There is something quite impressive about a Southwestern Alaska blizzard. We were out at the far end of the village, when our local guide told us that we had 15 minutes left to take cover. He had become incredibly reliable with his predictions, and we had already used up 3/4 of an hour from his first warning call. He had been counting down regularly after that first one.
Visibility had been shortened considerably, and it was obvious that we needed to take cover soon. Even Bear, our furry, four-legged companion, had left us to take his own cover at the 30 minute warning mark.
By sunset, one could hardly see the closest building to you. The wind howled over, under and around the building that housed us. It was simply put: Intense. I can’t think of any time I have experienced such fierce winds. In Fairbanks, we rarely see much wind, the colder it gets, the calmer it gets. Out here in Newtok was a totally different animal. Which meant that we spent far too much time outside reveling in the chaos.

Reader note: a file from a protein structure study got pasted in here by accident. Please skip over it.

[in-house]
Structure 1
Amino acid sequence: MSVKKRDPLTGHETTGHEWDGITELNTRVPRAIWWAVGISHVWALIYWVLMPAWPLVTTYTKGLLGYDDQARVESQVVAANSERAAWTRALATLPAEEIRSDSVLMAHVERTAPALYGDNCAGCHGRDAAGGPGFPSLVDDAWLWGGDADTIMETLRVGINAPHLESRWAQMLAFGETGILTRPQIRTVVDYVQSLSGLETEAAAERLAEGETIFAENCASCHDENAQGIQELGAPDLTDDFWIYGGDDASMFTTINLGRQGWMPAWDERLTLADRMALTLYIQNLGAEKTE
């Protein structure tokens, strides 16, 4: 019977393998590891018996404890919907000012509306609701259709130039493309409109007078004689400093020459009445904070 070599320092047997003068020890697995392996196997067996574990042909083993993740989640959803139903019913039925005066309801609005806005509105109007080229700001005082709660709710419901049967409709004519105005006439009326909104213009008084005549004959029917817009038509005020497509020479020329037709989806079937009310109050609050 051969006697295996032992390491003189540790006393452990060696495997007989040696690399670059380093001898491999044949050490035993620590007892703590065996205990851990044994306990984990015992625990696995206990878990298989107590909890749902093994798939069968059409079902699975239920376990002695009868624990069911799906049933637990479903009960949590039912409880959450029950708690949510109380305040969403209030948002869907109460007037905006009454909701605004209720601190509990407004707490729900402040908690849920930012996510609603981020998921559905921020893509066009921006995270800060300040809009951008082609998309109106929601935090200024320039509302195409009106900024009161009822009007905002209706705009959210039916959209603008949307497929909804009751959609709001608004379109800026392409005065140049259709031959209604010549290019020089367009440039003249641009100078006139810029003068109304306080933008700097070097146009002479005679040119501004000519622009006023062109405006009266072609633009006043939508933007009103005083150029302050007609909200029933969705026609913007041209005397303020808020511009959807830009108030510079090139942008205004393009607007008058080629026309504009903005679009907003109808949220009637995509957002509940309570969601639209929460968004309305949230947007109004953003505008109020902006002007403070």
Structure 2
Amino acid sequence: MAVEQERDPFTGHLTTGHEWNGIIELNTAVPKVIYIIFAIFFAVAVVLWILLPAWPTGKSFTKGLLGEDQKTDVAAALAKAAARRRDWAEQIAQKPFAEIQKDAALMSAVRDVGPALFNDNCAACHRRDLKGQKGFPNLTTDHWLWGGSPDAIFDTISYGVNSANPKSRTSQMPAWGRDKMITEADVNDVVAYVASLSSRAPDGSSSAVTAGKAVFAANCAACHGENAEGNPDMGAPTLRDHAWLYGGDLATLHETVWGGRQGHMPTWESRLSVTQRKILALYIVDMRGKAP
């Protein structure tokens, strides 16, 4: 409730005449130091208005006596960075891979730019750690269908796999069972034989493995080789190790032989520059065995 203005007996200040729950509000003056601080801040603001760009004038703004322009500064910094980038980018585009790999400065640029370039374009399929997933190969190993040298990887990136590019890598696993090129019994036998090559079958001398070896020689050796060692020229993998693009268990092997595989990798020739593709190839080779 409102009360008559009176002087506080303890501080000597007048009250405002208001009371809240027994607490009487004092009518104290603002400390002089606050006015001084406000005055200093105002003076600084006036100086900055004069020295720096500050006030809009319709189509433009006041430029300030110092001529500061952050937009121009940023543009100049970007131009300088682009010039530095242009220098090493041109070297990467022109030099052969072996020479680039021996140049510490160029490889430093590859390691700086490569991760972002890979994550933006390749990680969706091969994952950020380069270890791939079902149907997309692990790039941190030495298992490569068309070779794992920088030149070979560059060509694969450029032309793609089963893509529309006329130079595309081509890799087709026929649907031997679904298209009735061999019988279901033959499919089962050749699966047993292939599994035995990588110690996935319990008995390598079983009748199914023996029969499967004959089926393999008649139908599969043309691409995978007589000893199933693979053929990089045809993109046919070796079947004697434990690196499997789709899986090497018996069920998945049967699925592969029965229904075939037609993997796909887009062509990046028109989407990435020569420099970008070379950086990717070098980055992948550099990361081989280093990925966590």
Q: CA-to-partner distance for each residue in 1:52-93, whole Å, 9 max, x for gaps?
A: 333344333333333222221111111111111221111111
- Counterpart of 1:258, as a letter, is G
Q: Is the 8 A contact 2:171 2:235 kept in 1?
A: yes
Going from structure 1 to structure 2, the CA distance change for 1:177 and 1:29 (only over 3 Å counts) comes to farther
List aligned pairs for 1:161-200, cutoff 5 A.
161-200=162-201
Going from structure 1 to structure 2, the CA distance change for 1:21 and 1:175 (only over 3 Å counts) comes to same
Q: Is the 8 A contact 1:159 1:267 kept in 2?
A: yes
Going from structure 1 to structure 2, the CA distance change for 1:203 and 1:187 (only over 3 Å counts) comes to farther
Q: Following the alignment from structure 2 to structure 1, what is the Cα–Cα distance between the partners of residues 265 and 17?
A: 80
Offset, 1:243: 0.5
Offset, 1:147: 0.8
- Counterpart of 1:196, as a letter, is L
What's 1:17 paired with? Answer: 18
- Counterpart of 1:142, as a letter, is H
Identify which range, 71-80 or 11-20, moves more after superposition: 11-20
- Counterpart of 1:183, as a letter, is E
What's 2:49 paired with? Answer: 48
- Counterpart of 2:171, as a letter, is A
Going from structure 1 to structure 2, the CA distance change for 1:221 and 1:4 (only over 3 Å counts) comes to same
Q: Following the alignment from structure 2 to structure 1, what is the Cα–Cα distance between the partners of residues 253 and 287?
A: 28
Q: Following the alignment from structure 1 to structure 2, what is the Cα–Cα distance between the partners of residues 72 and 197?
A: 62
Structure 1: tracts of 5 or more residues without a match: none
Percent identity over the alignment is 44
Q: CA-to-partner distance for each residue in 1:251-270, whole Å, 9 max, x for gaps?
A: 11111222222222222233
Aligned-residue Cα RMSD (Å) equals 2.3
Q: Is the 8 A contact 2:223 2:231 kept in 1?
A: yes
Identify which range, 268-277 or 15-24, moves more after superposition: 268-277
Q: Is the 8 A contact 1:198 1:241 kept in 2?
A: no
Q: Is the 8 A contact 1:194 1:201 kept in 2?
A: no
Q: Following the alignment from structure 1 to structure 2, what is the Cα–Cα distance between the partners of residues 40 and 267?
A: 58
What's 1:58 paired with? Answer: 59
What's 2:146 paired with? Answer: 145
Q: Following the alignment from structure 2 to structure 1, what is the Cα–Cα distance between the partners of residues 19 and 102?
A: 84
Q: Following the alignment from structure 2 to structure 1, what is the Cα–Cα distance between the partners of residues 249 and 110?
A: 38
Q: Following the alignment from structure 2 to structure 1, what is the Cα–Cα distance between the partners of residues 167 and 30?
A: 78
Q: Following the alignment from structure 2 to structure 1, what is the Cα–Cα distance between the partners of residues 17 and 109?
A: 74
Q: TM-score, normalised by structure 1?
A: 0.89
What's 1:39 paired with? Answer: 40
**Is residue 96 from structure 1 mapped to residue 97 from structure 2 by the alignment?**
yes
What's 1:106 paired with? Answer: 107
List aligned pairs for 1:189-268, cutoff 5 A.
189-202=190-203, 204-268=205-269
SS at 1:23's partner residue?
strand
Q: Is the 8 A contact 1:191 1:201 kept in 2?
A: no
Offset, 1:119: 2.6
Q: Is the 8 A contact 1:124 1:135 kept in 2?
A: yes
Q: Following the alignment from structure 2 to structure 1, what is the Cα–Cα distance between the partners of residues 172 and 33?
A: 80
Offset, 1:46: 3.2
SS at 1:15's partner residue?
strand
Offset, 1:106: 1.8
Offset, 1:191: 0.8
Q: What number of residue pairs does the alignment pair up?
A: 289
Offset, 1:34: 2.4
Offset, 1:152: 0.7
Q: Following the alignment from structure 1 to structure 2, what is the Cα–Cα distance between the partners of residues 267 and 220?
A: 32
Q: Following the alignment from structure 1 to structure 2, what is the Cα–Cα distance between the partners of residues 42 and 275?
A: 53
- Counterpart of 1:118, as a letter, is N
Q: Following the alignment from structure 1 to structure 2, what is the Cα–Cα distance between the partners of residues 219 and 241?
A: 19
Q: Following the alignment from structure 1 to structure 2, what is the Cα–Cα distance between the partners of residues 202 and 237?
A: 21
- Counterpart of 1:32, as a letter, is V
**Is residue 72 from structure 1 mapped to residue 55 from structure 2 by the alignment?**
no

The next day, the kids were climbing up snow drifts against a couple of connex units and running the length of them, then launching off into the massive piles of snow. Backflips were par for the course.
Trails that we had been walking, now had steep drops, only to have us climb back up the other side.
We flew in on a Wednesday, and due to weather, another flight didn’t land at Newtok for the next 8 days. Weather permitting, Grant Aviation makes 2-3 flights per day.